Nature | Column: World View


How sexual harassment changed the way I work

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In 2012, my male editor suggested that he would like to have sex with me. I politely declined. Many apologies later, he explained that he really just wanted to be friends. A friendship seemed feasible yet frightening. We worked for the same company, and a power differential existed between us. I told him as much, not that it helped. For a year and a half, as often as I defined my boundaries, he trampled over them. One by one, I shut down our avenues of communication. “Who is this guy who 'likes' everything you write on Facebook?” my parents asked. I quit Facebook. But to remove myself from the situation would have meant leaving my chosen profession, science writing.

Women who choose careers in male-dominated domains such as politics, engineering, publishing, business, mathematics, computer science and science writing know that sexual harassment is par for the course. Unlike most of them, I did not keep quiet. As a simple Google search reveals, the editor who harassed me was Bora Zivkovic, who resigned from his position as blogs editor of Scientific American after I and other women complained publicly about his behaviour.

After I spoke out, other women privately shared with me their stories of harassment by men. Their relief felt palpable. On Twitter, men and women responded with overwhelming support. Yet at the meeting of the US National Association of Science Writers in Gainesville, Florida, last month, I felt anxious when I spoke at a panel dedicated to raising awareness of how women still struggle in the industry: how far behind they remain in terms of winning awards or getting blogging gigs with leading publishing brands. I did not enjoy being the public face of a flurry of interest in the problem of sexual harassment.

Even the phrase 'sexual harassment' is dangerous. Men may run away in fear and assume that any interaction with women can be wrongly interpreted. Women may not know that they are protected against certain actions, and may be nervous about speaking out because of the implications for themselves or for other women.

A few mostly anonymous commenters on Twitter and in the blogosphere have criticized my method of coming forward. I never doubt I did the right thing, but I do not want to set a precedent. History has never looked kindly on witch hunts. Today's self-publishing environment means that defamation can be only a few keystrokes away. My public comments — in a blog post I wrote — could have been avoided. I realize now that if I challenge an offender either directly or through confidential official channels, then both women and men will listen and look out for me. I did not know that before.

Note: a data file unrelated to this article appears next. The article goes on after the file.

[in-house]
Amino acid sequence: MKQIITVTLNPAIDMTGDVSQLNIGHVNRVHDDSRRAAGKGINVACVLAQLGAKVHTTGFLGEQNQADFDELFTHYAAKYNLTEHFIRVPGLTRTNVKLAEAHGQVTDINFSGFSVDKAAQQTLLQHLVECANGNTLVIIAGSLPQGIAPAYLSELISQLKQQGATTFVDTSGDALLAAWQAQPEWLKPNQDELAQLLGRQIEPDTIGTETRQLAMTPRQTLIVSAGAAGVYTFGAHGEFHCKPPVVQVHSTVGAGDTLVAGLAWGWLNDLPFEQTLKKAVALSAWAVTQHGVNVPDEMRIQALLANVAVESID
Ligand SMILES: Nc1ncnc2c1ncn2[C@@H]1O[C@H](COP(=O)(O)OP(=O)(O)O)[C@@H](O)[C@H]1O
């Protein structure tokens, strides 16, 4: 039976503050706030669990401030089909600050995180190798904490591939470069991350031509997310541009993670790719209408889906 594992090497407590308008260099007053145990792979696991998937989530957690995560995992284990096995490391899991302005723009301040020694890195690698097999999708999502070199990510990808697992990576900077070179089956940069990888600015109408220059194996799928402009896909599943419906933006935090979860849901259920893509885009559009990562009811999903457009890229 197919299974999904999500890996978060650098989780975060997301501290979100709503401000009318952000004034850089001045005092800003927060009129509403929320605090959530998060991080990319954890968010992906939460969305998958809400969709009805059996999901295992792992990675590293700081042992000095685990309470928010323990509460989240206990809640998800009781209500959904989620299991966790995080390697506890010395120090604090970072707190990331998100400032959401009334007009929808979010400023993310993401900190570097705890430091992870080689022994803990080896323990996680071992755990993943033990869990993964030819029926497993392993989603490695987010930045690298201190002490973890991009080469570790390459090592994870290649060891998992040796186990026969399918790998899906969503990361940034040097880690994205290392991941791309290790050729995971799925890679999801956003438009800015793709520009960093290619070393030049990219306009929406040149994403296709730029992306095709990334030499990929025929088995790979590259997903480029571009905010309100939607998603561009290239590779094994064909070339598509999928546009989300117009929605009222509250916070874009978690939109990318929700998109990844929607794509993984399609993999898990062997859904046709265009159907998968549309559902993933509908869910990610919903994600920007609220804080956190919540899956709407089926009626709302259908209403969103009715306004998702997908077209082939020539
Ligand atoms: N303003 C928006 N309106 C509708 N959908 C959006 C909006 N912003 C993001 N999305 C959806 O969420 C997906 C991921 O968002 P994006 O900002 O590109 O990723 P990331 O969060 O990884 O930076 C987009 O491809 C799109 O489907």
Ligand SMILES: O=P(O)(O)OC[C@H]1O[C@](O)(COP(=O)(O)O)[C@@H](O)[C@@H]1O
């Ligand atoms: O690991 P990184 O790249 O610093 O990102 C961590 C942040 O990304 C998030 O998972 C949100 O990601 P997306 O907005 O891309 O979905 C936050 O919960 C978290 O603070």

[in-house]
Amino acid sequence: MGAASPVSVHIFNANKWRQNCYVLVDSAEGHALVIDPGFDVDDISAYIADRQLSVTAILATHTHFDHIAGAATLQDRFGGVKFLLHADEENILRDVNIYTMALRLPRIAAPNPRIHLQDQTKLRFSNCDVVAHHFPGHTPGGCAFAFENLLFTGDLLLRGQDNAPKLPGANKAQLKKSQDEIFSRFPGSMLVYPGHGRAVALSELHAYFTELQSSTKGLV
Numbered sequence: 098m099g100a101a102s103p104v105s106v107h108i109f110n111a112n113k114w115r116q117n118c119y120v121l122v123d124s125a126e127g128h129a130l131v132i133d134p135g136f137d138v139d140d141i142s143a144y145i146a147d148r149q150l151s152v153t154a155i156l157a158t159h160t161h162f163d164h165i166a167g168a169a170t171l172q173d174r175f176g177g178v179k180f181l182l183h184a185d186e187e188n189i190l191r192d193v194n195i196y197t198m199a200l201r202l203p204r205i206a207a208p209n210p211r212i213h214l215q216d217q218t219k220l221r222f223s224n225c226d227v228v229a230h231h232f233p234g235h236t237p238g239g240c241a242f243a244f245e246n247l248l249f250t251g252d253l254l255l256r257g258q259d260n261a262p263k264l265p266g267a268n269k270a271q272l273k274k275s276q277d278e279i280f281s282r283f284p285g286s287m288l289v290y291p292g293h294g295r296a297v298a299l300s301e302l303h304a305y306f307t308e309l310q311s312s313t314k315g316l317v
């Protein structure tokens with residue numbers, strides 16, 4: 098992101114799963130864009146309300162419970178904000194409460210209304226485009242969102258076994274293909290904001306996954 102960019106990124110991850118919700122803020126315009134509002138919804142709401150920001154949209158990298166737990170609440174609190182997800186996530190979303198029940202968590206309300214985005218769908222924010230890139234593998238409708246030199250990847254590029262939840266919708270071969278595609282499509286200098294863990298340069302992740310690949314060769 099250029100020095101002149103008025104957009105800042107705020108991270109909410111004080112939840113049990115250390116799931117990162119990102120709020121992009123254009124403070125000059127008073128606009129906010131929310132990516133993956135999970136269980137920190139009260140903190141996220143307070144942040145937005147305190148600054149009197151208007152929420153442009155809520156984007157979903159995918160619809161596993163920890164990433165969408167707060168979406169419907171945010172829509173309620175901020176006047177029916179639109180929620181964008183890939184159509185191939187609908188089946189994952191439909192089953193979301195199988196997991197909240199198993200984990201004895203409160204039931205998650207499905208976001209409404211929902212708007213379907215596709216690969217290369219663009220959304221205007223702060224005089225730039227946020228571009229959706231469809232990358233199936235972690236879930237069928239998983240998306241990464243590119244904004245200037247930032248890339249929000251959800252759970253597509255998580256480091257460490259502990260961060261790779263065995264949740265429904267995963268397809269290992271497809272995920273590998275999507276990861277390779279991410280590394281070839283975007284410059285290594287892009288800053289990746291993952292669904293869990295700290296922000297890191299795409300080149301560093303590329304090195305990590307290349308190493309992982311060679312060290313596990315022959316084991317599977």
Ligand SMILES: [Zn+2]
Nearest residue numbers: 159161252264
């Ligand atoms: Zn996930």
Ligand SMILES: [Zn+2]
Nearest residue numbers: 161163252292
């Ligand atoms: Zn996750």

“Women may not know that They are protected, and may be nervous about speaking out.”

I have endured various types of sexual harassment throughout my career, from the relatively harmless to the illegal. When I was 16, the editor at my first newspaper job told me he loved me. His habit of stroking my calf muscles communicated that he meant this romantically — not as a compliment on my reporting. A male executive of a different publishing company habitually stopped by my desk, to lightly massage my shoulders and tell me: “What a great smile you have!”

Zivkovic was certainly not the first. But I can say with confidence that he was the last. The experience changed the way I interact with men in professional settings. I am ready to tell them immediately if they step over a line. And if that does not work, then I will simply walk away. The situation has provided me a sort of shield, too, in the way that men may interact with me. If I am labelled as the 'woman who writes about sexual harassment' and kept at arm's length, then so be it.

By now, many in the science community have moved on from discussions of this problem. But the work of raising awareness of and eliminating sexual harassment has not stopped. It continues very vividly in a core, but growing, group of female science writers whom I know and admire. And I continue to ask my female colleagues about their workplace environments. For example, I helped one of my colleagues to send a letter to her supervisor, who was making quite subtle sexual comments. After the letter, the comments stopped. Women and men can seek such small victories every day.

Throughout the conversation, some have claimed that modern women are being overly sensitive. Do we read stories about Marie Curie, Rosalind Franklin or, more recently, Rita Levi-Montalcini or Mae Jemison complaining about sexual harassment? We do not. But for these women, legal protection did not exist or had only just begun.

The law in the United States now is simple enough: “Harassment can include 'sexual harassment' or unwelcome sexual advances, requests for sexual favors, and other verbal or physical harassment of a sexual nature,” states the US Equal Employment Opportunity Commission on its website. The real work begins when a woman is confronted with a situation and must define it. (I focus on women here because, out of the nearly 11,400 sexual-harassment complaints filed to the commission in 2011, only about 2,000 came from men.) That definition can be boiled down to a simple rule that men must follow when they interact with female colleagues. Ask the question: “Would I say this to a man?”

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  1. Kathleen Raven is a freelance science journalist in Atlanta, Georgia. Find her on Twitter @sci2mrow.

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